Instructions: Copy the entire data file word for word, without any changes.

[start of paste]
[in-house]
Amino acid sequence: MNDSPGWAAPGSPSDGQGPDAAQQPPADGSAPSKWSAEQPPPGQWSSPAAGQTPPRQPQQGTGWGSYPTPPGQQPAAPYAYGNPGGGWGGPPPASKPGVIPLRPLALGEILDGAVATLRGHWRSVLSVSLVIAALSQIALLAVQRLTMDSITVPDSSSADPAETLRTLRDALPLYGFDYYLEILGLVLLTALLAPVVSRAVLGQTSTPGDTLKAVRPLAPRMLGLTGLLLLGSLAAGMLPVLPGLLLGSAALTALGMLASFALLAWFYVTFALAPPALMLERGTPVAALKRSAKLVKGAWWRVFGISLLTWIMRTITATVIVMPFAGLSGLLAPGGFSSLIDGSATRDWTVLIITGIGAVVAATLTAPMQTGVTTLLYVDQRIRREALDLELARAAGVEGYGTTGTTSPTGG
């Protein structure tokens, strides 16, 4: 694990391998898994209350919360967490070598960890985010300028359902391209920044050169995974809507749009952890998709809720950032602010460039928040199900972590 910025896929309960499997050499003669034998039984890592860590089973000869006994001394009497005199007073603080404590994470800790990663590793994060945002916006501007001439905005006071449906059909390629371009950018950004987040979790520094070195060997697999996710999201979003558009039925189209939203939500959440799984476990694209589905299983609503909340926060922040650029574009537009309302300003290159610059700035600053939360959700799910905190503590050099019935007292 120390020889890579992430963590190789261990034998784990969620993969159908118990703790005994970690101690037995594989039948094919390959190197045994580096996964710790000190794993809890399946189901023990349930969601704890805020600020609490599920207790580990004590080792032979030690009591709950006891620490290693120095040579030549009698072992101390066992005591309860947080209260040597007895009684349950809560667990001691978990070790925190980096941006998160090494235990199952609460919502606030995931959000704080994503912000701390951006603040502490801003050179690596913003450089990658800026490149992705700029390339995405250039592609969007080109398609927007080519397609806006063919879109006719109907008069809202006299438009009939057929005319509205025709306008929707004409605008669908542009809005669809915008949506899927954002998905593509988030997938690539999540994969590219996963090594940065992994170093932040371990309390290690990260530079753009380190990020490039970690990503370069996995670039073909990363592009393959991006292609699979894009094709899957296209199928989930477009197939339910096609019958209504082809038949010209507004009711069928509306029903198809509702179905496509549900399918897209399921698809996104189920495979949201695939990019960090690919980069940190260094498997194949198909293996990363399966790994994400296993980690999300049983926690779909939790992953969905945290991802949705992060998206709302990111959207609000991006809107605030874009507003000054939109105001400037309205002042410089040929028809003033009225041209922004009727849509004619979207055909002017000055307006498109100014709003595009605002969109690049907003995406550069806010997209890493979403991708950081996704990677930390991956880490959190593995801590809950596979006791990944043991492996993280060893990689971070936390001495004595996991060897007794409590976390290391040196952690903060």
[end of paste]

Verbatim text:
[in-house]
Amino acid sequence: MNDSPGWAAPGSPSDGQGPDAAQQPPADGSAPSKWSAEQPPPGQWSSPAAGQTPPRQPQQGTGWGSYPTPPGQQPAAPYAYGNPGGGWGGPPPASKPGVIPLRPLALGEILDGAVATLRGHWRSVLSVSLVIAALSQIALLAVQRLTMDSITVPDSSSADPAETLRTLRDALPLYGFDYYLEILGLVLLTALLAPVVSRAVLGQTSTPGDTLKAVRPLAPRMLGLTGLLLLGSLAAGMLPVLPGLLLGSAALTALGMLASFALLAWFYVTFALAPPALMLERGTPVAALKRSAKLVKGAWWRVFGISLLTWIMRTITATVIVMPFAGLSGLLAPGGFSSLIDGSATRDWTVLIITGIGAVVAATLTAPMQTGVTTLLYVDQRIRREALDLELARAAGVEGYGTTGTTSPTGG
């Protein structure tokens, strides 16, 4: 694990391998898994209350919360967490070598960890985010300028359902391209920044050169995974809507749009952890998709809720950032602010460039928040199900972590 910025896929309960499997050499003669034998039984890592860590089973000869006994001394009497005199007073603080404590994470800790990663590793994060945002916006501007001439905005006071449906059909390629371009950018950004987040979790520094070195060997697999996710999201979003558009039925189209939203939500959440799984476990694209589905299983609503909340926060922040650029574009537009309302300003290159610059700035600053939360959700799910905190503590050099019935007292 120390020889890579992430963590190789261990034998784990969620993969159908118990703790005994970690101690037995594989039948094919390959190197045994580096996964710790000190794993809890399946189901023990349930969601704890805020600020609490599920207790580990004590080792032979030690009591709950006891620490290693120095040579030549009698072992101390066992005591309860947080209260040597007895009684349950809560667990001691978990070790925190980096941006998160090494235990199952609460919502606030995931959000704080994503912000701390951006603040502490801003050179690596913003450089990658800026490149992705700029390339995405250039592609969007080109398609927007080519397609806006063919879109006719109907008069809202006299438009009939057929005319509205025709306008929707004409605008669908542009809005669809915008949506899927954002998905593509988030997938690539999540994969590219996963090594940065992994170093932040371990309390290690990260530079753009380190990020490039970690990503370069996995670039073909990363592009393959991006292609699979894009094709899957296209199928989930477009197939339910096609019958209504082809038949010209507004009711069928509306029903198809509702179905496509549900399918897209399921698809996104189920495979949201695939990019960090690919980069940190260094498997194949198909293996990363399966790994994400296993980690999300049983926690779909939790992953969905945290991802949705992060998206709302990111959207609000991006809107605030874009507003000054939109105001400037309205002042410089040929028809003033009225041209922004009727849509004619979207055909002017000055307006498109100014709003595009605002969109690049907003995406550069806010997209890493979403991708950081996704990677930390991956880490959190593995801590809950596979006791990944043991492996993280060893990689971070936390001495004595996991060897007794409590976390290391040196952690903060």